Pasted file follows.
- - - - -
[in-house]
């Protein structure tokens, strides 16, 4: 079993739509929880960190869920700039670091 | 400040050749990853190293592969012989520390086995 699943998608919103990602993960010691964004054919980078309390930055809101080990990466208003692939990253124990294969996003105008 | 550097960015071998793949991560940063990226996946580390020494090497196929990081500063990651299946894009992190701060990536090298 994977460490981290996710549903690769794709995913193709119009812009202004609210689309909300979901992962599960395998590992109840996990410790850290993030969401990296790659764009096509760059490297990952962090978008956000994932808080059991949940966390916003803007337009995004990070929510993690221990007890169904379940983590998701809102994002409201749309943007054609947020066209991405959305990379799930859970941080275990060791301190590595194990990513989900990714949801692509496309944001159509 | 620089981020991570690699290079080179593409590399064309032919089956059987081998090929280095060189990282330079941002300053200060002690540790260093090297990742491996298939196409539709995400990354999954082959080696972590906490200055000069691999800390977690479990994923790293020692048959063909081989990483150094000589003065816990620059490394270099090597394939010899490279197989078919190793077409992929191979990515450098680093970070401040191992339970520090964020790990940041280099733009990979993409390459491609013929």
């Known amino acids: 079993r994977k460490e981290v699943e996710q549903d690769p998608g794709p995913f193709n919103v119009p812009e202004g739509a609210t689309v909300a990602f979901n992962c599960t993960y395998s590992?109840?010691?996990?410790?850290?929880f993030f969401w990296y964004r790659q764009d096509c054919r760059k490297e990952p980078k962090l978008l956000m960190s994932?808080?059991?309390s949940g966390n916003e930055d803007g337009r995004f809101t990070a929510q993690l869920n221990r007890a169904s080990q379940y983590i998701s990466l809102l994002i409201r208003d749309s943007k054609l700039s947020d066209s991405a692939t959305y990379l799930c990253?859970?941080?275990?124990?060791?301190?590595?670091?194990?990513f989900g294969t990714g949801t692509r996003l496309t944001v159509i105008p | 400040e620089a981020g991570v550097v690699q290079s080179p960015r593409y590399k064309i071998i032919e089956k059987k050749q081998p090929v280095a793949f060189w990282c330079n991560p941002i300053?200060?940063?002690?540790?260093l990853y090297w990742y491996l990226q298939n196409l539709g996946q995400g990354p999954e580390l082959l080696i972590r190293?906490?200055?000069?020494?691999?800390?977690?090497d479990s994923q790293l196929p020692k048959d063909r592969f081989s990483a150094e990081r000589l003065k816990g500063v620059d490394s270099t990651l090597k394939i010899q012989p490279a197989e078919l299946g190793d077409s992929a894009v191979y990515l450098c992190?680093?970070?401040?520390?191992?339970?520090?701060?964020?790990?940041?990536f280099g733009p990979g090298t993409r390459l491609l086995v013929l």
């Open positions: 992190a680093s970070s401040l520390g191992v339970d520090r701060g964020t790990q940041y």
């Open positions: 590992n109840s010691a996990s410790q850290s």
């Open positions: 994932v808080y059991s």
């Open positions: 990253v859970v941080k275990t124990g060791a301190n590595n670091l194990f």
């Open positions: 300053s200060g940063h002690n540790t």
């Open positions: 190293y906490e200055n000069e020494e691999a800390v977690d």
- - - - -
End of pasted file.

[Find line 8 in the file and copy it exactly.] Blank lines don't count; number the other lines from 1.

């Open positions: 300053s200060g940063h002690n540790t």